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The Life and Lies of Paul CrouchCommunist, Opportunist, Cold War Snitch$
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Gregory S. Taylor

Print publication date: 2014

Print ISBN-13: 9780813049205

Published to Florida Scholarship Online: September 2014

DOI: 10.5744/florida/9780813049205.001.0001

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PRINTED FROM FLORIDA SCHOLARSHIP ONLINE (www.florida.universitypressscholarship.com). (c) Copyright University Press of Florida, 2022. All Rights Reserved. An individual user may print out a PDF of a single chapter of a monograph in FLASO for personal use.date: 01 July 2022

Limelight, 1952–1953

Limelight, 1952–1953

(p.171) 8 Limelight, 1952–1953
The Life and Lies of Paul Crouch

Gregory S. Taylor

University Press of Florida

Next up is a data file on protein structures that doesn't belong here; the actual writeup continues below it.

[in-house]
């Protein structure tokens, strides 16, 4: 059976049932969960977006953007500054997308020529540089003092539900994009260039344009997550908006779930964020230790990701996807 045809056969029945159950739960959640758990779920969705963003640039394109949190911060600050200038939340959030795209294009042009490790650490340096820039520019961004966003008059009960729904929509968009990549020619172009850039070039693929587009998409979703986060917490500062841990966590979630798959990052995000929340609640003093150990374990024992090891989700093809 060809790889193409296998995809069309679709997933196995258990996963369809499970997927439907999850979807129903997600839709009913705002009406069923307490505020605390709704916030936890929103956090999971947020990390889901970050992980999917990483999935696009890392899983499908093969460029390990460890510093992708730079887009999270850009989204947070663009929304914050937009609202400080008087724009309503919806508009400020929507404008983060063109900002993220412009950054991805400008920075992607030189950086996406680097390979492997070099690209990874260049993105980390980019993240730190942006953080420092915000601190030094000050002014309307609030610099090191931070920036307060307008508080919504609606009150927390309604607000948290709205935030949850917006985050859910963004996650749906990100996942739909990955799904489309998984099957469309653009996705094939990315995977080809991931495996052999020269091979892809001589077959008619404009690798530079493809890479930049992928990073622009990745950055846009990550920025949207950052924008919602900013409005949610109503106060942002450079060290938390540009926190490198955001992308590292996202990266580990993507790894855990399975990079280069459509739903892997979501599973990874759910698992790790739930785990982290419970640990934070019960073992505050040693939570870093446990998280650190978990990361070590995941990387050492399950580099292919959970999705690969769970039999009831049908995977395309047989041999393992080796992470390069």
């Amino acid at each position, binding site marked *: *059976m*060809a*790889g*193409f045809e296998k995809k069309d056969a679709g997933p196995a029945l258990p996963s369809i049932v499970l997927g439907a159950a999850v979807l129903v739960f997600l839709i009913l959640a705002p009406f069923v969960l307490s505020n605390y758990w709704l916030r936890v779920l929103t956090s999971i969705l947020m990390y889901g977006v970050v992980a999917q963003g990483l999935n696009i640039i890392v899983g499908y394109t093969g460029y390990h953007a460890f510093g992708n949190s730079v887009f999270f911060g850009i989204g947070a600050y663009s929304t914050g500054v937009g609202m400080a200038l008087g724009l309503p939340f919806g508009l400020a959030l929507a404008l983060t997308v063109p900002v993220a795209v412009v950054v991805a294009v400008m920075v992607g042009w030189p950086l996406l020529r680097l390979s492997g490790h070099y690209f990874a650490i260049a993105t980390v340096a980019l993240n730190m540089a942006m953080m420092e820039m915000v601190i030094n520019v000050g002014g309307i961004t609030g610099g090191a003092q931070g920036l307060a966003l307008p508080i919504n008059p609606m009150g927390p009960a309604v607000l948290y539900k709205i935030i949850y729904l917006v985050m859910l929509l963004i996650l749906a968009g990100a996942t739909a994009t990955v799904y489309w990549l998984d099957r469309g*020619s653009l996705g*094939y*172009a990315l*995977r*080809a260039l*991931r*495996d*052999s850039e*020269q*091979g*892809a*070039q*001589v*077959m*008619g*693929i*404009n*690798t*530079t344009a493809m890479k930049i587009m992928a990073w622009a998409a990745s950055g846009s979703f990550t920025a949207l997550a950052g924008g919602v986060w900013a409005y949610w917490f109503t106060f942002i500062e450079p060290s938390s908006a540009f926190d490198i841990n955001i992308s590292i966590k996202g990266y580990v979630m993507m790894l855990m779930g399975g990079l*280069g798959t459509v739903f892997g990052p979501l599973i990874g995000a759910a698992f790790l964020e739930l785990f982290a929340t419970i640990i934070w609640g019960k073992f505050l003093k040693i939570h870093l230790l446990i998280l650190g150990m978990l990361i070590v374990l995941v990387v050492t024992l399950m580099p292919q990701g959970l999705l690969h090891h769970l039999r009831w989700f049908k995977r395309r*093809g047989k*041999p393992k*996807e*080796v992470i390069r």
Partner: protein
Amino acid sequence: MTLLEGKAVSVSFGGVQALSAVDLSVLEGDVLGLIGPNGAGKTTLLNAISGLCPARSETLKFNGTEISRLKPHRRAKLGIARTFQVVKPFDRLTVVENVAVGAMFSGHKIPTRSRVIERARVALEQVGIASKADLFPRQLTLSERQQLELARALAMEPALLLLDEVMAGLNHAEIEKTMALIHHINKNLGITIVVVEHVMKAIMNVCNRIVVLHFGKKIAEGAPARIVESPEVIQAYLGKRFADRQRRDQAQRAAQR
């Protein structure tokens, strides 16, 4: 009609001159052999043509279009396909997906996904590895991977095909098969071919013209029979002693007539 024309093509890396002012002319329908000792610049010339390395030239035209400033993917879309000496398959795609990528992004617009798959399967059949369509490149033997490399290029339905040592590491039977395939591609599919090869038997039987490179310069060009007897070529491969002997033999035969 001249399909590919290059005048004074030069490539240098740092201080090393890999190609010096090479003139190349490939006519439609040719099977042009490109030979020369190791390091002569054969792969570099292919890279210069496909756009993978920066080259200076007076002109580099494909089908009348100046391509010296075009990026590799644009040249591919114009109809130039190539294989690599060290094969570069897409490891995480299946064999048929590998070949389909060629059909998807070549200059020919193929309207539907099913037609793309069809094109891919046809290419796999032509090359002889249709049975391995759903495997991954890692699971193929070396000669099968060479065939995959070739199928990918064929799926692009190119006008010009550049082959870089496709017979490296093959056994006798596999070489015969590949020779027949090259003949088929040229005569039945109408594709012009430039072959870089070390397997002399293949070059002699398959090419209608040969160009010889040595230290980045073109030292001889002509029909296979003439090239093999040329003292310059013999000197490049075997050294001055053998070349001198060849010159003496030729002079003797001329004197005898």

This was the high point of Crouch's career. He testified in major trials in Maryland, Hawaii, and Washington State and helped convict dozens of Communists. He also warned President Dwight D. Eisenhower and the nation at large of the Communist threats emanating from Hawaii and Latin America. He thus opposed making Hawaii a state and demanded the nation do more to appreciate the Communist threat to its immediate south. His most surprising testimony of this period was his accusation of Charlie Chaplin as a Communist. Though Crouch was the only person to make that claim publicly, it had enough weight to force Chaplin from the country. Such success, however, was mitigated by the first public attacks on his veracity. Joseph and Stewart Alsop began to question Crouch's testimony and for the first time raised questions about him in the press. Crouch survived this initial inquest, however, and continued to enjoy the fruits of his anti-Communist activism.

Keywords:   Paul Crouch, Maryland, Hawaii, Washington State, President Dwight D. Eisenhower, Latin America, Charlie Chaplin, Joseph and Stewart Alsop

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